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Entries in California Supreme Court (2)

Wednesday
Sep072011

Goodwin Liu Makes Bench Debut on California Supreme Court

Chip Somodevilla/Getty Images(SAN FRANCISCO) -- Goodwin Liu made his debut on the bench as a Justice for the California Supreme Court on Tuesday in a controversial case regarding Proposition 8 -- California’s ban on same sex marriage.   

At issue in the case is whether supporters of Prop 8 , which was struck down in August of 2010, can defend the initiative in federal court since the official defendants, California’s Democratic governor and attorney general, have declined to do so.  Liu asked several questions of lawyers on both sides of the issue.

Liu’s path to the bench was not without controversy.  Although President Obama nominated him in 2010 to a seat on the 9th Circuit Court of Appeals, Liu later had to withdraw his name after Republican Senators expressed concerns regarding his judicial philosophy.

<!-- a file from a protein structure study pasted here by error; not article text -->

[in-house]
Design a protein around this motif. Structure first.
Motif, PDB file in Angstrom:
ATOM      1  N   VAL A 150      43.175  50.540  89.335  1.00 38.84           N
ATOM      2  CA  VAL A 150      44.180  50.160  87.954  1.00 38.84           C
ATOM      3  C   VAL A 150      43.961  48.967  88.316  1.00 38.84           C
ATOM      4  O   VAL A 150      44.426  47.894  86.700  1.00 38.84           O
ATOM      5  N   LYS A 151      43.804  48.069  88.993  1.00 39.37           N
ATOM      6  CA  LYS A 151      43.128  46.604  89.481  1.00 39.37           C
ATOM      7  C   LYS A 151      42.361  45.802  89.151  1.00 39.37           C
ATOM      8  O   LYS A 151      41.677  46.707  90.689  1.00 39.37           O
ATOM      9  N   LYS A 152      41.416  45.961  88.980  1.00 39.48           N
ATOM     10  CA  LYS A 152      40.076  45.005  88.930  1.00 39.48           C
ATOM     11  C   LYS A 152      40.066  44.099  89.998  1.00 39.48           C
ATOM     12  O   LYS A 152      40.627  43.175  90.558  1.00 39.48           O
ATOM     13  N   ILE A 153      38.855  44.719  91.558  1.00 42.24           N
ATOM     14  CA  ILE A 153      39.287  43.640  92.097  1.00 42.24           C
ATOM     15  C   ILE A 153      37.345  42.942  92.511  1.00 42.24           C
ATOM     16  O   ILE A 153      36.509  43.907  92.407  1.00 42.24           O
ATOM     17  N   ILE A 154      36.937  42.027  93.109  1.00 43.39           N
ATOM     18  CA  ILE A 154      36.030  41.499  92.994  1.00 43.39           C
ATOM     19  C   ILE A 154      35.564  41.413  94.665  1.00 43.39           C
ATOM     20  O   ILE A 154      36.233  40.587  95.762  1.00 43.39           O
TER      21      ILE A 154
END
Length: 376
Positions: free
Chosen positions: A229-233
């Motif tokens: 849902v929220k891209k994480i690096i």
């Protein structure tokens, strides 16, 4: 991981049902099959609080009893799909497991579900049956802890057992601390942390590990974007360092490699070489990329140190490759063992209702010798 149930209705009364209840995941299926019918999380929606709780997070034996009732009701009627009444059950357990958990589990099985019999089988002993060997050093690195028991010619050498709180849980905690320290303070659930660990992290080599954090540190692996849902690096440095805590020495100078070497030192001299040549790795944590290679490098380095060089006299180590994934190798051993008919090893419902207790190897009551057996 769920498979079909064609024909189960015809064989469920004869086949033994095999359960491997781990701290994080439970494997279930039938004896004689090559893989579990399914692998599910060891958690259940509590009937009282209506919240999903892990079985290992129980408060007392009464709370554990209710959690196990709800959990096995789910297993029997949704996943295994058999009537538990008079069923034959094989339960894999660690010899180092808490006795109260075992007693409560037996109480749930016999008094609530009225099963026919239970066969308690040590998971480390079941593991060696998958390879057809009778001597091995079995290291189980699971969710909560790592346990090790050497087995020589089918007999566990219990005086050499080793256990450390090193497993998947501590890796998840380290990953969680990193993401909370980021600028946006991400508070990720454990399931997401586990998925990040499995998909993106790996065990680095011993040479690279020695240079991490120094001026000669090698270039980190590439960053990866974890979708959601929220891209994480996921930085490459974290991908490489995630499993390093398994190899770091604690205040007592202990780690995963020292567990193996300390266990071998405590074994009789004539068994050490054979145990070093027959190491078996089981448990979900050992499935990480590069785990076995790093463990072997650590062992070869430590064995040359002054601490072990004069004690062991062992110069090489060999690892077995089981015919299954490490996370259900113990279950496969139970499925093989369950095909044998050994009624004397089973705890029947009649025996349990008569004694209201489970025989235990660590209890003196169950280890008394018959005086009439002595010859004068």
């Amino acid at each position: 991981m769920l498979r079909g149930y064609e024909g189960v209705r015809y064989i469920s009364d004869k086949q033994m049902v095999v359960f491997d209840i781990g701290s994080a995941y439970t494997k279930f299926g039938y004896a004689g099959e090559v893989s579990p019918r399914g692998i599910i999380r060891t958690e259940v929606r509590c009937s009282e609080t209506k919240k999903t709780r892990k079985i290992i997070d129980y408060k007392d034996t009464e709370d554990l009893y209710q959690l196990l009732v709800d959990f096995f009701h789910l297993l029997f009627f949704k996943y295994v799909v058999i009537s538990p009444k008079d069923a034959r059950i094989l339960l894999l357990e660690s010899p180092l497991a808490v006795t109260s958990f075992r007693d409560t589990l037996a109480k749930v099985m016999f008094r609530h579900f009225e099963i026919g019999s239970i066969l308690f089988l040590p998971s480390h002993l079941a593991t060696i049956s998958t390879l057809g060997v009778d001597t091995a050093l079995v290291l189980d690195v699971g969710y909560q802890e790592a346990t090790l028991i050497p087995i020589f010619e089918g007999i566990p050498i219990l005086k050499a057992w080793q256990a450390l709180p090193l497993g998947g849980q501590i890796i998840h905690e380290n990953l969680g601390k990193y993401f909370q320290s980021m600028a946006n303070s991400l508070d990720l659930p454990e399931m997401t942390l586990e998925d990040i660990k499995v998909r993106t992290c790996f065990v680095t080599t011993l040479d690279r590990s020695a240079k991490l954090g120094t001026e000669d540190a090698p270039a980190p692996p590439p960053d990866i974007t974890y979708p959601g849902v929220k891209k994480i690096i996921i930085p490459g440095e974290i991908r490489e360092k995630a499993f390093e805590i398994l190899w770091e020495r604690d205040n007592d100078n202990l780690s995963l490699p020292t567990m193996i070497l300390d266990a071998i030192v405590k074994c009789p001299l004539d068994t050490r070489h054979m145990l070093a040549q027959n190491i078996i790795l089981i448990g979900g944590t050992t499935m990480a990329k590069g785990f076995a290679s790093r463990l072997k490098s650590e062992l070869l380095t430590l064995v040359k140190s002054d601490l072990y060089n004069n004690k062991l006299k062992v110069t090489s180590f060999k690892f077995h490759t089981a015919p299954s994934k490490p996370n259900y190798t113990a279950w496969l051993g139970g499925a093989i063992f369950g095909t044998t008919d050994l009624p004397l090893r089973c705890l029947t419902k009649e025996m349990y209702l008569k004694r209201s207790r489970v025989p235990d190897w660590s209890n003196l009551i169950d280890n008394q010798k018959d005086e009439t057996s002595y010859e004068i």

Alabama Sen. Jeff Sessions called Liu, who is a former Berkeley law professor, “a very liberal activist lawyer.”

After the Republicans successfully filibustered his nomination, Liu asked to have his name removed from consideration.  Supporters of Liu said at the time that the Republicans real reason for blocking Liu’s nomination was their fear that he might someday become a nominee to the Supreme Court of the United States.

In July, Gov. Jerry Brown nominated him to the California Supreme Court.

Copyright 2011 ABC News Radio

Friday
Feb112011

California Retailers Can't Ask Credit Card Customers for ZIP Codes

Photo Courtesy - Getty Images(SAN DIEGO) -- The California Supreme Court ruled Thursday that retailers in the state can no longer ask customers for their ZIP codes during credit card transactions, citing the request violates a law enacted in 1971.

The high court ruled that ZIP codes constitute "personal identification information," which, according to the state's Song-Beverly Credit Card Act, cannot be asked of from customers who are making purchases with credit cards.

The judgement states the act is "intended to provide robust consumer protections by prohibiting retailers from soliciting and recording information about the cardholder that is unnecessary to the credit card transaction." 

It goes on to say that, "Thus, in light of the statutory language, as well as the legislative history and evident purpose of the statute, we hold that personal identification information...includes a cardholder’s ZIP code."

Retailers usually ask customers for their ZIP codes for marketing purposed and to determine where their shoppers are located.

Copyright 2011 ABC News Radio







ABC News Radio